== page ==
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Riley Keough almost didn’t make it. The 25-year-old actress is starring in one of the most anticipated blockbusters of the season, Mad Max: Fury Road, starring Charlize Theron and Tom Hardy, which involved six months of shooting in the desert while confined to the back seat of a rig. This all ended in a case of hypothermia. “All of us lost our minds a little bit,” Keough says. “I held it together for about five months, and then I started to lose it around Month 6.”
Ultimately, this episode on the brink has pushed Keough, aka the oldest granddaughter of Elvis Presley, to the brink of stardom in her own right. Keough plays Capable, one of the five wives of the villain, as they speed through a post-apocalyptic desert dispatching various post-apocalyptic hordes and warlords. All done from the backseat. “It’s f------ crazy,” she said. “It’s very weird being around a bunch of people in one car for six months, and then a whole crew on top of that. It’s so many personalities that you kind of have to find your place. It’s wild and it’s interesting. I don’t think I’ll do anything like that again.”
On the plus side, the proximity provided front-row access to daily actors’ workshops with Hardy and Theron. “They’re both f---ing amazing,” she says. “Every time I had to do a scene with them, I was like, ‘Oh, s---.’ They’re both really naturally talented and intense. Charlize is good at turning it on and off. She doesn’t need time to get into character. She’s found how to be completely OK in the spaces she’s in when she’s working. I find that a really important thing to practice. And Tom, he’s really f------ cool too, because he’s got this mixture of theatrical intensity, but he’s also extremely naturalistic. It’s kind of everyone’s goal.”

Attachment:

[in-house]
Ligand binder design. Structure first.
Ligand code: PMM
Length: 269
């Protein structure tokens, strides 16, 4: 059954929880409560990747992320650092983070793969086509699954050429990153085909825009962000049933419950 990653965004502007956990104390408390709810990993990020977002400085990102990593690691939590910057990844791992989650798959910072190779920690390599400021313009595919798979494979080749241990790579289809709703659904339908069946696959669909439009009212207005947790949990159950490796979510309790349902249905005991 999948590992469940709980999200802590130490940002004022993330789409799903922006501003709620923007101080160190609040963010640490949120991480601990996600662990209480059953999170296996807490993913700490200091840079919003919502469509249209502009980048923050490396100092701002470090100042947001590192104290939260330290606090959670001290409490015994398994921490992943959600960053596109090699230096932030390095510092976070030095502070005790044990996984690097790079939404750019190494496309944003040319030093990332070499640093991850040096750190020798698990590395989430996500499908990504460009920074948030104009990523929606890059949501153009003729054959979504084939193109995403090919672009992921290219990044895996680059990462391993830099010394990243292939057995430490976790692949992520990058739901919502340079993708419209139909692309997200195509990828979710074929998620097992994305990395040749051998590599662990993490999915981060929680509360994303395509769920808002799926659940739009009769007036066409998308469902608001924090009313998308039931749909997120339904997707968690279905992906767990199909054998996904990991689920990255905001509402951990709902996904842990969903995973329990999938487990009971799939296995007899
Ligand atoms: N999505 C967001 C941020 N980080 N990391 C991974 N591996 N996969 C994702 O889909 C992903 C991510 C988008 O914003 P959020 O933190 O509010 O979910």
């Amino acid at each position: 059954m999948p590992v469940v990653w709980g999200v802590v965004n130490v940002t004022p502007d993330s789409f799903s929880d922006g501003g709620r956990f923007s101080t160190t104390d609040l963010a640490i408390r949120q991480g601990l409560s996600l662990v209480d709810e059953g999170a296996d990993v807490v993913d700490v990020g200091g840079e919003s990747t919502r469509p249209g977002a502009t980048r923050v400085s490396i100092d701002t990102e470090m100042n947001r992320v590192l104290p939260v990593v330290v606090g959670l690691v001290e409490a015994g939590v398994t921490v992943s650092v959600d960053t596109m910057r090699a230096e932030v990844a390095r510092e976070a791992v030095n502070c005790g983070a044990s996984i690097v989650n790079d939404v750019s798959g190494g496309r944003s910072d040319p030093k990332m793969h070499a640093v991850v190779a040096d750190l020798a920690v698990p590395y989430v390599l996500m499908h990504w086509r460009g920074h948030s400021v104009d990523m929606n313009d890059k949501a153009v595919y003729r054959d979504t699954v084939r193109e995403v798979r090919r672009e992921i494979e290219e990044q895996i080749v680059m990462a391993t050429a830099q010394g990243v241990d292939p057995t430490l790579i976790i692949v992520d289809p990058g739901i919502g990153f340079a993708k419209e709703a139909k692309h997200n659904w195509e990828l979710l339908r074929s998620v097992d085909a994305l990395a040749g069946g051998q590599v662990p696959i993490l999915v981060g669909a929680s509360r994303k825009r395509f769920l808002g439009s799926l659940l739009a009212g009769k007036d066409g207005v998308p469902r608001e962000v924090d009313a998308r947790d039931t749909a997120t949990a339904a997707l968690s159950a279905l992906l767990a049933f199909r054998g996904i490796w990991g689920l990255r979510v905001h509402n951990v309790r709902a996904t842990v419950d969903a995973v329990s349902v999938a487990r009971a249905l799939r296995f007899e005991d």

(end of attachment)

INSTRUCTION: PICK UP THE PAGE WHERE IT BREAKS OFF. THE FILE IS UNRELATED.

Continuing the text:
Keough was connected to the project for five years and says, “All my friends are in it.” She can’t say a tremendous amount more, although her character is a protector to her sister-wife Splendid, played by Rosie Huntington-Whiteley, and their job essentially amounts to being worshiped. “We don’t get to do much crazy stuff,” she says. “We’re not very badass.”
Not so for the character in her next big project, The Girlfriend Experience, a Starz drama based on Steven Soderbergh’s film of the same name, which starred porn star Sasha Gray as a modern-day escort who, per the title, specializes in intimate and ongoing arrangements with her benefactors. You get the sense that Keough is looking forward to any controversy. “People are going to talk s--- about it, and I have sex in it,” she shrugs. “I do things that aren’t super-G-rated. I’m playing a sort of twisted character. Not that that career is twisted, but my specific character is a bit of a freak.”